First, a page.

John Fletcher (17 December 1579 – August 1625) was a Jacobean playwright. Following William Shakespeare as house playwright for the King's Men, he was among the most prolific and influential dramatists of his day; both during his lifetime and in the early Restoration, his fame rivaled Shakespeare's. Though his reputation has been far eclipsed since, Fletcher remains an important transitional figure between the Elizabethan popular tradition and the popular drama of the Restoration.

Fletcher is best known for approximately a dozen "Beaumont and Fletcher" plays co-written with Francis Beaumont between 1606 and 1614. He also produced three works with Shakespeare himself - Henry VIII, The Two Noble Kinsmen, and Cardenio - in addition to other works both co-written and solely written.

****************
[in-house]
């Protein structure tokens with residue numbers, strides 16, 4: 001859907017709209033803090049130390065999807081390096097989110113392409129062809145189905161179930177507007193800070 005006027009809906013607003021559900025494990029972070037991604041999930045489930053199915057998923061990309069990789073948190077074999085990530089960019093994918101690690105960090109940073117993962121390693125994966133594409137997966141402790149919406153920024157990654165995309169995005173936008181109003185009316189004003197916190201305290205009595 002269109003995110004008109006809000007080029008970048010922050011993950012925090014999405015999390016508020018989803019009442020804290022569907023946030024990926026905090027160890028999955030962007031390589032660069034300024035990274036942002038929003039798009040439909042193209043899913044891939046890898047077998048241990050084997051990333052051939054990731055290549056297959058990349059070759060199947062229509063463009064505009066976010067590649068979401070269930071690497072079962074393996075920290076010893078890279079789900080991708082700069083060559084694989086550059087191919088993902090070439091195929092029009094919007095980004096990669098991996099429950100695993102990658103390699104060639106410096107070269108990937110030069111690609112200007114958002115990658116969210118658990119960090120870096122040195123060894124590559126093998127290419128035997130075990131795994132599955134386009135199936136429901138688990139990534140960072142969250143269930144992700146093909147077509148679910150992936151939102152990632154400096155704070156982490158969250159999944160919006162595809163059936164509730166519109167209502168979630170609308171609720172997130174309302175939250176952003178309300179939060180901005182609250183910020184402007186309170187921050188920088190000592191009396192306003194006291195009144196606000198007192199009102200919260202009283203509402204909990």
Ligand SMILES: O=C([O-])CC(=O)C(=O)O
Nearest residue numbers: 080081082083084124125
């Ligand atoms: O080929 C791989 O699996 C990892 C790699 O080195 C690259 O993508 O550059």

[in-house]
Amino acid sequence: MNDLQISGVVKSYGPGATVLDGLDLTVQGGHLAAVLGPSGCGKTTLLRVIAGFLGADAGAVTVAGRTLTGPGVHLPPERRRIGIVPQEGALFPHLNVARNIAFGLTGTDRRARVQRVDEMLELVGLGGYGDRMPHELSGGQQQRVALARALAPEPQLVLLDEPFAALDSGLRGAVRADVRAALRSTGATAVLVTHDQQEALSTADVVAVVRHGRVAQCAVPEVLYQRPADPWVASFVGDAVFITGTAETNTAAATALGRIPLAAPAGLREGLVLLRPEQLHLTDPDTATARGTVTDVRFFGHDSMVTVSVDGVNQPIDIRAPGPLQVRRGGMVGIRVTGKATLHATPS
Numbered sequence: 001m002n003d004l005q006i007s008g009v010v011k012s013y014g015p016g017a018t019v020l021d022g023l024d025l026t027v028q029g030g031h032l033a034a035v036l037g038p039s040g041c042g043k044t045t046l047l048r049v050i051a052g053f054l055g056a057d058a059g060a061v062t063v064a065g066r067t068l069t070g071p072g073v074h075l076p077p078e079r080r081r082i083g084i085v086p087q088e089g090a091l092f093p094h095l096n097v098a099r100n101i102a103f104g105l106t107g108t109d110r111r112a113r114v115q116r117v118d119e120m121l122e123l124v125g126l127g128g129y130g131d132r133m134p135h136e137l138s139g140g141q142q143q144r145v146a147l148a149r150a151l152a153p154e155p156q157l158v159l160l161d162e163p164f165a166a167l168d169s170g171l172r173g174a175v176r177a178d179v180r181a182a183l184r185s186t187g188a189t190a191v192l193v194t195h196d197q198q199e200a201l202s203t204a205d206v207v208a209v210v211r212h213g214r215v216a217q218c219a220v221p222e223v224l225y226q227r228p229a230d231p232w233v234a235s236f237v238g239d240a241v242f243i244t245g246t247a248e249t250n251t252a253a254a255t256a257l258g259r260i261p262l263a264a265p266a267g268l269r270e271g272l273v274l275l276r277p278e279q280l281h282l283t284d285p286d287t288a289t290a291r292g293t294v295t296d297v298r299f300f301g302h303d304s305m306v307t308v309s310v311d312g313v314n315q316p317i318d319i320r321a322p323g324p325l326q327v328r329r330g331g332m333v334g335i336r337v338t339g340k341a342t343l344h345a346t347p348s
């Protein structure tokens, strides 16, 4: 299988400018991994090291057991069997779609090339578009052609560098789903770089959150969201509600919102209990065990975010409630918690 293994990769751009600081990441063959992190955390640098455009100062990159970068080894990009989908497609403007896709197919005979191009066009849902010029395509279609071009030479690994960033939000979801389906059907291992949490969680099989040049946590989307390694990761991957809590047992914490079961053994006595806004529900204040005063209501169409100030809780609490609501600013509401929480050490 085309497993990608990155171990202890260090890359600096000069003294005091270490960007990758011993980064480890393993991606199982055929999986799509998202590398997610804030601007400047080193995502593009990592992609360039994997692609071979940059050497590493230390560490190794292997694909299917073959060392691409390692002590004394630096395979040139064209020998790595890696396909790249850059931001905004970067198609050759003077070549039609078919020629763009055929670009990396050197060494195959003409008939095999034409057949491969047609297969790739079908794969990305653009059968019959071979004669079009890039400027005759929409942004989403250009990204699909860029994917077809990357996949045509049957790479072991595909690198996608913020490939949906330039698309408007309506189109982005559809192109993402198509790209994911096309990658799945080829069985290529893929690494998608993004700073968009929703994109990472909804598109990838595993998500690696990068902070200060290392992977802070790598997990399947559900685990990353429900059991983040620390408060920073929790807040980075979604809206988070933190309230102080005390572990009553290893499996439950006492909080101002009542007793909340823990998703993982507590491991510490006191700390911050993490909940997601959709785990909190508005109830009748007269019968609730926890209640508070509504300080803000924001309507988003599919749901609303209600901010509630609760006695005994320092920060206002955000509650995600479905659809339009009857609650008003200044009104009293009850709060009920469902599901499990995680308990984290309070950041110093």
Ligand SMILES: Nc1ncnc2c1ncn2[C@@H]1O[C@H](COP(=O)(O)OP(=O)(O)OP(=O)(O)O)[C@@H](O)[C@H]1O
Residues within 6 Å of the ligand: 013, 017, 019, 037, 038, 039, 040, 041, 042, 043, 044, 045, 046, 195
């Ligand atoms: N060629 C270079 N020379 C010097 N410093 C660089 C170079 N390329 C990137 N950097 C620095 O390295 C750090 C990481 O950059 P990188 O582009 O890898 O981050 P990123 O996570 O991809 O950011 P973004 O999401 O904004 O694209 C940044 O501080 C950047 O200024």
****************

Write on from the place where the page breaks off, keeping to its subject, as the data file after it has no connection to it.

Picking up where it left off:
In 1613, Fletcher wrote a play called Bonduca (sic), about the Iceni Queen who led a Revolt against Roman rule in 1st-century Britain. Harry Turtledove incorporated extensive passages from this play into his novel Ruled Britannia, where they are presented as being from Boudicca, a play written by the alternate version of Shakespeare presented in the novel. Among the Fletcher elements carried over are the conflation of Caratach's revolt with Boudicca's (even though the two insurrections happened a decade apart and involved different tribes) and minor characters created by Fletcher, including Hengo. While Turtledove acknowledges this in the novel's afterword, he incorrectly attributes some of Fletcher's inventions to ancient Roman documents within the novel itself.

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